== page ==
Left to right: Kate Williams, Catherine Mayer, Kate Mosse, June Sarpong, Kit de Waal. (Photo courtesy of Baileys Book Bar).
The Baileys Women’s Prize for Fiction has been running a series of Book Bars in the basement of a London Waterstones. JESSICA PEACE has been chatting about books, women and the (continual) revolution. Another Baileys? Oh, go on then…
In the Beginning
The Baileys Women’s Prize for Fiction (previously the ‘Orange Prize’) was born in a London flat in 1992. Writers, critics, journalists, publishers, booksellers and readers of all stripes had gathered, pissed off that the 1991 Booker Prize shortlist had included no women. Perhaps they just hadn’t written anything decent that year? Former winners include Zadie Smith, Ali Smith and Eimear McBride. This year the winner will receive £30,000. Not nothing, is it?
Baileys Book Bar: ‘Women, Power and Revolution’
It was a good bash: people who liked books, talked books and then started a quiet revolution – or, as the host and powerhouse Kate Mosse said, ‘How to do revolution, when you’re really, really tired…’ Mosse, an author herself and co-founder of the award, explained that the Baileys Women’s Prize for Fiction denied the ‘woman card.’ Women who appeared on the list could not be regarded as ‘token’ here.
The night’s panel comprised of Catherine Mayer, author and co-founder of the Women’s Equality Party, author Kit de Waal, writer and campaigner June Sarpong, and author and Professor Kate Williams. Conversation sprawled: from revolutionary texts – each panellist presenting two books that explored female struggle – to small, quiet, but revolutionary acts of the daily grind, women were far from the dominating subject.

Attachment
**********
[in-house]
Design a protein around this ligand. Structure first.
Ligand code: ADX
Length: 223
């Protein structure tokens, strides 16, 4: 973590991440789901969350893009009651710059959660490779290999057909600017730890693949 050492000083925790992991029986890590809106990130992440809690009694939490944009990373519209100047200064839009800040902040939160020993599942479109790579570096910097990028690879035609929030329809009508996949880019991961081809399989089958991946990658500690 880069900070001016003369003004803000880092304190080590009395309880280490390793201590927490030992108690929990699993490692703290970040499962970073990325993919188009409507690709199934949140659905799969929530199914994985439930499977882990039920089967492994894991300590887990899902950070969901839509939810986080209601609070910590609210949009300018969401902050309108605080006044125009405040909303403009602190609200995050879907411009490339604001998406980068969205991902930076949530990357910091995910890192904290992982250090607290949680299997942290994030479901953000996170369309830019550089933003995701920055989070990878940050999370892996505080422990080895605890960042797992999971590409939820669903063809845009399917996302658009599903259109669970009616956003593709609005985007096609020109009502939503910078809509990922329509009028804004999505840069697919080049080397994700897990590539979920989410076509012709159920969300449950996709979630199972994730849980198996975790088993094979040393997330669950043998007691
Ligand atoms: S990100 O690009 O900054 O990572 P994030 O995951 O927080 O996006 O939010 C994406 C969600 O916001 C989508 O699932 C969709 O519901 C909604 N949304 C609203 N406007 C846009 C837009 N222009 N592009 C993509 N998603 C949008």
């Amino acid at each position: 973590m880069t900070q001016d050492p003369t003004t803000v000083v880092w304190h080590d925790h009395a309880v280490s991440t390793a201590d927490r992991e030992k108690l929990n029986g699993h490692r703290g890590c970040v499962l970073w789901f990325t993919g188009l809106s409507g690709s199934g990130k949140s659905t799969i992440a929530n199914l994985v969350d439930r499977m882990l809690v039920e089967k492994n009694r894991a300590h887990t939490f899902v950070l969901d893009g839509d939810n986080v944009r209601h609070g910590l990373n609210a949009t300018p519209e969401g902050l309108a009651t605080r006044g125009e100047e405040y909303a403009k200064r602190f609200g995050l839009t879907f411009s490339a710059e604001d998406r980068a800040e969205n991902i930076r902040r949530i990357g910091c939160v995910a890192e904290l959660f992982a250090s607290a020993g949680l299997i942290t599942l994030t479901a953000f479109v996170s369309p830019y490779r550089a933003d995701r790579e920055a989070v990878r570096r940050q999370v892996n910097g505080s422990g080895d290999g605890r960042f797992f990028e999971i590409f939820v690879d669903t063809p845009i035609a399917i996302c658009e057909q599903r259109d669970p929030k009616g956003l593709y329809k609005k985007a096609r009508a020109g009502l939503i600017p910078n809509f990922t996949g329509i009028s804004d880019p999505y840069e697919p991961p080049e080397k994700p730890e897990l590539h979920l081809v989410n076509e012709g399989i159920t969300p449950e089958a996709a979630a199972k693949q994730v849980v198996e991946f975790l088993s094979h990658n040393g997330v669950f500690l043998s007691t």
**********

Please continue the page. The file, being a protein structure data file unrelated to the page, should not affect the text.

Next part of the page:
Longlisted this year for The Trick to Time, De Waal spoke magnificently on class and race. She expressed her frustrations regarding the publishing industry’s attitude towards working class authors, novels and readers. The state of inequality in the UK is worse today than when she began campaigning in the 90’s. It was agreed by all that the fight for equality they’d once assumed to be linear, reaching toward an endpoint, was actually just continual.
The ingrained problem of seeing people as ‘other’ was discussed, both in the day-to-day and on the larger scales of Windrush and Grenfell. Sarpong spoke with great humility about her own experiences of ‘being on the other side’ working with a white male colleague, the assumptions she made and the dangers of neglecting the ‘disenfranchised male’. The general consensus of the evening was encapsulated by Sarpong who maintained, ‘You’ve got to fight for yourself, but fight for the person beneath you too.’
They say, Never judge a book by its cover. Honestly, sometimes you can, but I learnt not to judge panellists by their bios. Some of the most radical statements and perceptive observations came from Kate Williams, introduced as ‘Royal Correspondent and Historical Novelist’. Williams threw light onto the relentless silencing of women, like Ovid’s Philomena – ‘Women are still having their tongues cut’. Mosse, another period novelist, likened historical fiction to a conduit for ‘setting the record straight.’ Women have always been here fighting.